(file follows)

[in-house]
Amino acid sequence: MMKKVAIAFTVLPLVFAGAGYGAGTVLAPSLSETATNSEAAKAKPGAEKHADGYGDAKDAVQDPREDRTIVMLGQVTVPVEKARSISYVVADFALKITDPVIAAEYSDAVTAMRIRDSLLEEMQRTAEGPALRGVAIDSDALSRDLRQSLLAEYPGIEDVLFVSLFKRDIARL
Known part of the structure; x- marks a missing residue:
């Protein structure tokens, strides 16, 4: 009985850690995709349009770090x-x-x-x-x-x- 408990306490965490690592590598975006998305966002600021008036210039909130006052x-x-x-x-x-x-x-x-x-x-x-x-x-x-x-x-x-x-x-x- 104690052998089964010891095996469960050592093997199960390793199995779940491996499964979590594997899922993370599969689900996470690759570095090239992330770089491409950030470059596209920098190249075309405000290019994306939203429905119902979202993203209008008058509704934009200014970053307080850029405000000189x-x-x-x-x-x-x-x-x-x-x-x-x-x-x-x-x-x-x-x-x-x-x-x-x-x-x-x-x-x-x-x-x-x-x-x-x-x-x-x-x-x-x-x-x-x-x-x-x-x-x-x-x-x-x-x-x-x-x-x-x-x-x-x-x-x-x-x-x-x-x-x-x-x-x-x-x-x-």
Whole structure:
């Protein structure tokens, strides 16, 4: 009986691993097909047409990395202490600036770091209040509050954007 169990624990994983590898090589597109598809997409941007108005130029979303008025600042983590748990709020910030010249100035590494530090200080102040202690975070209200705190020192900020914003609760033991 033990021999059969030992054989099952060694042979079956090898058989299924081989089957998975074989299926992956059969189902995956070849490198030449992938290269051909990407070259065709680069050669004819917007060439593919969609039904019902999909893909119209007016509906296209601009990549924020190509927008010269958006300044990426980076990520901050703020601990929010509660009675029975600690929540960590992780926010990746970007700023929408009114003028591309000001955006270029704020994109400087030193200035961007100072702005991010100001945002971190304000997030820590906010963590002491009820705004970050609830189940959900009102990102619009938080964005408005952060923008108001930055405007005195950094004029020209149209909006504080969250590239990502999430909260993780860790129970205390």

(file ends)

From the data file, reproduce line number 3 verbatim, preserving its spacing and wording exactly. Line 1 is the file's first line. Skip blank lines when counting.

Known part of the structure; x- marks a missing residue: